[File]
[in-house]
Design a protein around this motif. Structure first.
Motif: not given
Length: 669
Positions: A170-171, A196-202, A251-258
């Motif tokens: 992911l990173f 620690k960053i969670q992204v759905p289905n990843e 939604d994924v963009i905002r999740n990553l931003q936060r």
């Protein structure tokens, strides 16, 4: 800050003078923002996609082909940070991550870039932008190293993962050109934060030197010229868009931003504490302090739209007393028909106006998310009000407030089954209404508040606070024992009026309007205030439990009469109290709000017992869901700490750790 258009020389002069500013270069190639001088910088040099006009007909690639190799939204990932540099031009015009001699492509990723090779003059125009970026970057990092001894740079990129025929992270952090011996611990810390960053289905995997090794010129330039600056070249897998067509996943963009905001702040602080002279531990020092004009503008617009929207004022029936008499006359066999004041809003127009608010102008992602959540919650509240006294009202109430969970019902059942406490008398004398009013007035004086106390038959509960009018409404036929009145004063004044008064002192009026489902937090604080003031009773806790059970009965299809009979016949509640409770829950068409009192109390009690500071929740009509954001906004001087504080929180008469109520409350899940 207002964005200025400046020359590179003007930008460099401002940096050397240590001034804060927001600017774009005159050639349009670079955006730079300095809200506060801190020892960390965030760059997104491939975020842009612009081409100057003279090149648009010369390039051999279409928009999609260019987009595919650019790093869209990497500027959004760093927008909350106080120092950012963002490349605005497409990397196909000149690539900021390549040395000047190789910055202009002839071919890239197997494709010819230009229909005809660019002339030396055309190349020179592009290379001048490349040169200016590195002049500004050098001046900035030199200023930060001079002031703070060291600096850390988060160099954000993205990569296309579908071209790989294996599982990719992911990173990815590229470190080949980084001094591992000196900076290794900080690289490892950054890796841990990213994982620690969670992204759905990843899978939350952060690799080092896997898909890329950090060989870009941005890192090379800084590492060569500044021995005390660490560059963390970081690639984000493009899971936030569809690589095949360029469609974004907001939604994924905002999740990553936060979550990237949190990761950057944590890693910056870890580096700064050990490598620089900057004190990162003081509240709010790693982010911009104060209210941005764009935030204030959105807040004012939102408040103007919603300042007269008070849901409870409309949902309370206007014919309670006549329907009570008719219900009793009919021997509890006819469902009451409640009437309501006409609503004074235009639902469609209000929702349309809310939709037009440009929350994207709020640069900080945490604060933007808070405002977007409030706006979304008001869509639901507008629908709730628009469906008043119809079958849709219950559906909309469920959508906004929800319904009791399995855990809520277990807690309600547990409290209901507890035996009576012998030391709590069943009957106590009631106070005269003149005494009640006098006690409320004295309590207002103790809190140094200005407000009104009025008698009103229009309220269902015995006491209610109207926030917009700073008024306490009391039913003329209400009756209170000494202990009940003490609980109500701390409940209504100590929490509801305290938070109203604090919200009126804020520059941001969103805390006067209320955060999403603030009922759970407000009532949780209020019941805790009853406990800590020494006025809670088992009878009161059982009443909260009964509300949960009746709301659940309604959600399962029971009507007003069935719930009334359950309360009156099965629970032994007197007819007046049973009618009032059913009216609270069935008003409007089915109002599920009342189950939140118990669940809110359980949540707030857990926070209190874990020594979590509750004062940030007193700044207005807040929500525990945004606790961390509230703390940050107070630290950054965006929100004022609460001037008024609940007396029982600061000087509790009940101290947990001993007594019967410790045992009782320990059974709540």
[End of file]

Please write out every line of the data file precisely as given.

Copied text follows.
[in-house]
Design a protein around this motif. Structure first.
Motif: not given
Length: 669
Positions: A170-171, A196-202, A251-258
């Motif tokens: 992911l990173f 620690k960053i969670q992204v759905p289905n990843e 939604d994924v963009i905002r999740n990553l931003q936060r």
């Protein structure tokens, strides 16, 4: 800050003078923002996609082909940070991550870039932008190293993962050109934060030197010229868009931003504490302090739209007393028909106006998310009000407030089954209404508040606070024992009026309007205030439990009469109290709000017992869901700490750790 258009020389002069500013270069190639001088910088040099006009007909690639190799939204990932540099031009015009001699492509990723090779003059125009970026970057990092001894740079990129025929992270952090011996611990810390960053289905995997090794010129330039600056070249897998067509996943963009905001702040602080002279531990020092004009503008617009929207004022029936008499006359066999004041809003127009608010102008992602959540919650509240006294009202109430969970019902059942406490008398004398009013007035004086106390038959509960009018409404036929009145004063004044008064002192009026489902937090604080003031009773806790059970009965299809009979016949509640409770829950068409009192109390009690500071929740009509954001906004001087504080929180008469109520409350899940 207002964005200025400046020359590179003007930008460099401002940096050397240590001034804060927001600017774009005159050639349009670079955006730079300095809200506060801190020892960390965030760059997104491939975020842009612009081409100057003279090149648009010369390039051999279409928009999609260019987009595919650019790093869209990497500027959004760093927008909350106080120092950012963002490349605005497409990397196909000149690539900021390549040395000047190789910055202009002839071919890239197997494709010819230009229909005809660019002339030396055309190349020179592009290379001048490349040169200016590195002049500004050098001046900035030199200023930060001079002031703070060291600096850390988060160099954000993205990569296309579908071209790989294996599982990719992911990173990815590229470190080949980084001094591992000196900076290794900080690289490892950054890796841990990213994982620690969670992204759905990843899978939350952060690799080092896997898909890329950090060989870009941005890192090379800084590492060569500044021995005390660490560059963390970081690639984000493009899971936030569809690589095949360029469609974004907001939604994924905002999740990553936060979550990237949190990761950057944590890693910056870890580096700064050990490598620089900057004190990162003081509240709010790693982010911009104060209210941005764009935030204030959105807040004012939102408040103007919603300042007269008070849901409870409309949902309370206007014919309670006549329907009570008719219900009793009919021997509890006819469902009451409640009437309501006409609503004074235009639902469609209000929702349309809310939709037009440009929350994207709020640069900080945490604060933007808070405002977007409030706006979304008001869509639901507008629908709730628009469906008043119809079958849709219950559906909309469920959508906004929800319904009791399995855990809520277990807690309600547990409290209901507890035996009576012998030391709590069943009957106590009631106070005269003149005494009640006098006690409320004295309590207002103790809190140094200005407000009104009025008698009103229009309220269902015995006491209610109207926030917009700073008024306490009391039913003329209400009756209170000494202990009940003490609980109500701390409940209504100590929490509801305290938070109203604090919200009126804020520059941001969103805390006067209320955060999403603030009922759970407000009532949780209020019941805790009853406990800590020494006025809670088992009878009161059982009443909260009964509300949960009746709301659940309604959600399962029971009507007003069935719930009334359950309360009156099965629970032994007197007819007046049973009618009032059913009216609270069935008003409007089915109002599920009342189950939140118990669940809110359980949540707030857990926070209190874990020594979590509750004062940030007193700044207005807040929500525990945004606790961390509230703390940050107070630290950054965006929100004022609460001037008024609940007396029982600061000087509790009940101290947990001993007594019967410790045992009782320990059974709540």